She can gift it to you by doing a quick claim deed. However she may have to file a gift tax return. She will not owe any gift tax though. However, when you receive the property as a gift, you will have the same cost basis as your mother did. But if you inherit that your cost basis will be the fair market value of ther property as of the date of her death.
So, if her estate is not a huge amount that she will be subject to estate tax than it will be a good idea to inherit the property rather than get it as a gift.
Normally a person can give up to the annual exclusion amount $12000 for 2007 to a person, every year ($ 24000 in 2007 if spouses joins in for the gift) without facing any gift taxes and note that such amounts do not count as part of your $1,000,000 lifetime total.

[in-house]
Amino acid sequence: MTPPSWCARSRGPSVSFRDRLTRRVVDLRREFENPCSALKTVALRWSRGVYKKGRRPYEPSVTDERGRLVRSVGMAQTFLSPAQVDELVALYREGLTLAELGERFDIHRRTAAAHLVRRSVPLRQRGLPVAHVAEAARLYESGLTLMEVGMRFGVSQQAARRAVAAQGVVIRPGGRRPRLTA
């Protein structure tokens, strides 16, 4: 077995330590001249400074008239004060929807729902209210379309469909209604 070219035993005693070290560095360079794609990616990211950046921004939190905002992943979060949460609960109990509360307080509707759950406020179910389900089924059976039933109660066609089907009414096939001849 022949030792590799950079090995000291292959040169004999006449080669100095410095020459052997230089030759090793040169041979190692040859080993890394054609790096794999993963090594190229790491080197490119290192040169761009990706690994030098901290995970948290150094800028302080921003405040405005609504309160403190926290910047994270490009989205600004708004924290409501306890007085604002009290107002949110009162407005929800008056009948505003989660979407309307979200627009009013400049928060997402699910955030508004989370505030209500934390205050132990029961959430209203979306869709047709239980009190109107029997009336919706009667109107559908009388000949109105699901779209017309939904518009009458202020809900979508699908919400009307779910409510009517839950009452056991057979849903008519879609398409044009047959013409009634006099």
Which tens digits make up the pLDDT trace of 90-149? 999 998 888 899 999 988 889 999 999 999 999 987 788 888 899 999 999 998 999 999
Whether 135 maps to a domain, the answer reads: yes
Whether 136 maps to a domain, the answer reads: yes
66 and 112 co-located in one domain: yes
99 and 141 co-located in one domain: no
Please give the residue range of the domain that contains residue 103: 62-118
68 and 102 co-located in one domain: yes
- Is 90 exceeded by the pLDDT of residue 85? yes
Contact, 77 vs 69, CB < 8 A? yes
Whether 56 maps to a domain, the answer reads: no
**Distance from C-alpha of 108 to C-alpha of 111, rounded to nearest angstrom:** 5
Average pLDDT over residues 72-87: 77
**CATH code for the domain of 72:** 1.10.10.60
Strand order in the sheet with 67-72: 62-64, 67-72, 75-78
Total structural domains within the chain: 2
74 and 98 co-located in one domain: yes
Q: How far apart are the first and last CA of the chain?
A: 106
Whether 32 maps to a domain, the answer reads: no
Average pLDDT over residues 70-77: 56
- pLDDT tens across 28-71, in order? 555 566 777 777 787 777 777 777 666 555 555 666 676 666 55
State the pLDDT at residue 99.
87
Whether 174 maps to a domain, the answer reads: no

Further, IRS allows a person to give up to $1,000,000 in gifts, total, in their lifetime, before they start owing the gift tax. (This gift is not per (donee)person but its a per donor limit). So you can make gifts that are worth up to a million bucks during your lifetime without paying the gift tax. . Even if you do not owe a gift tax because you have not reached the $1,000,000 limit, you are still required to file gift tax return if you made a gift that does not qualify as excludable.
Hence, if you mother has not used up her life time exclusion, she can gift the house to you without owing any gift tax. She will however, have to file a gift tax return and report the gift to the IRS.
Let me know if you have any question.
Please note: This advice is provided with the understanding that all the relevant facts have been provided by you. Any change in facts might affect the advice given and hence may not be relied on in such cases. Nothing contained in this reply was intended or written to be used, can be used by any taxpayer, or may be relied upon or used by any taxpayer for the purposes of avoiding penalties that may be imposed on the taxpayer under the Internal Revenue Code of 1986, as amended.